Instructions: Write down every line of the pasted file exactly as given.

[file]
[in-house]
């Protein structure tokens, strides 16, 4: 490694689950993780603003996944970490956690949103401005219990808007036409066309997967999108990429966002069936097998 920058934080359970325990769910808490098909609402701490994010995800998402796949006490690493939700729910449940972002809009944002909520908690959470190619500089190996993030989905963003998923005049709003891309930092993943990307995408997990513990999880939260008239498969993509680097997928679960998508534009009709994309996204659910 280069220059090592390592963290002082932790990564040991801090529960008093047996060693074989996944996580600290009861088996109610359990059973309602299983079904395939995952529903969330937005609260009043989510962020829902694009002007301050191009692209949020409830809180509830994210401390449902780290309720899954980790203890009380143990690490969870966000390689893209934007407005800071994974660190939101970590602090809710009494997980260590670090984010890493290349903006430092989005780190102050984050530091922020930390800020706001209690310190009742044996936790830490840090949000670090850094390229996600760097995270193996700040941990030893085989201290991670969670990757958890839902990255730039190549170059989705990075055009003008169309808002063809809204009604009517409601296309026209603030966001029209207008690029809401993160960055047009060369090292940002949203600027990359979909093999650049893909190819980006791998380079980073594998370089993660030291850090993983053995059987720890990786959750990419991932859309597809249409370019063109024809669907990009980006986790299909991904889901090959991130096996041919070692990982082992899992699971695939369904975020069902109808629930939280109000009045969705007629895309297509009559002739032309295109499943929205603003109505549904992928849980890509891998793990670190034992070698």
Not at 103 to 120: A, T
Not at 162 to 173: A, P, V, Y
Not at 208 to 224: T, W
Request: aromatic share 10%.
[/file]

[in-house]
């Protein structure tokens, strides 16, 4: 490694689950993780603003996944970490956690949103401005219990808007036409066309997967999108990429966002069936097998 920058934080359970325990769910808490098909609402701490994010995800998402796949006490690493939700729910449940972002809009944002909520908690959470190619500089190996993030989905963003998923005049709003891309930092993943990307995408997990513990999880939260008239498969993509680097997928679960998508534009009709994309996204659910 280069220059090592390592963290002082932790990564040991801090529960008093047996060693074989996944996580600290009861088996109610359990059973309602299983079904395939995952529903969330937005609260009043989510962020829902694009002007301050191009692209949020409830809180509830994210401390449902780290309720899954980790203890009380143990690490969870966000390689893209934007407005800071994974660190939101970590602090809710009494997980260590670090984010890493290349903006430092989005780190102050984050530091922020930390800020706001209690310190009742044996936790830490840090949000670090850094390229996600760097995270193996700040941990030893085989201290991670969670990757958890839902990255730039190549170059989705990075055009003008169309808002063809809204009604009517409601296309026209603030966001029209207008690029809401993160960055047009060369090292940002949203600027990359979909093999650049893909190819980006791998380079980073594998370089993660030291850090993983053995059987720890990786959750990419991932859309597809249409370019063109024809669907990009980006986790299909991904889901090959991130096996041919070692990982082992899992699971695939369904975020069902109808629930939280109000009045969705007629895309297509009559002739032309295109499943929205603003109505549904992928849980890509891998793990670190034992070698």
Not at 103 to 120: A, T
Not at 162 to 173: A, P, V, Y
Not at 208 to 224: T, W
Request: aromatic share 10%.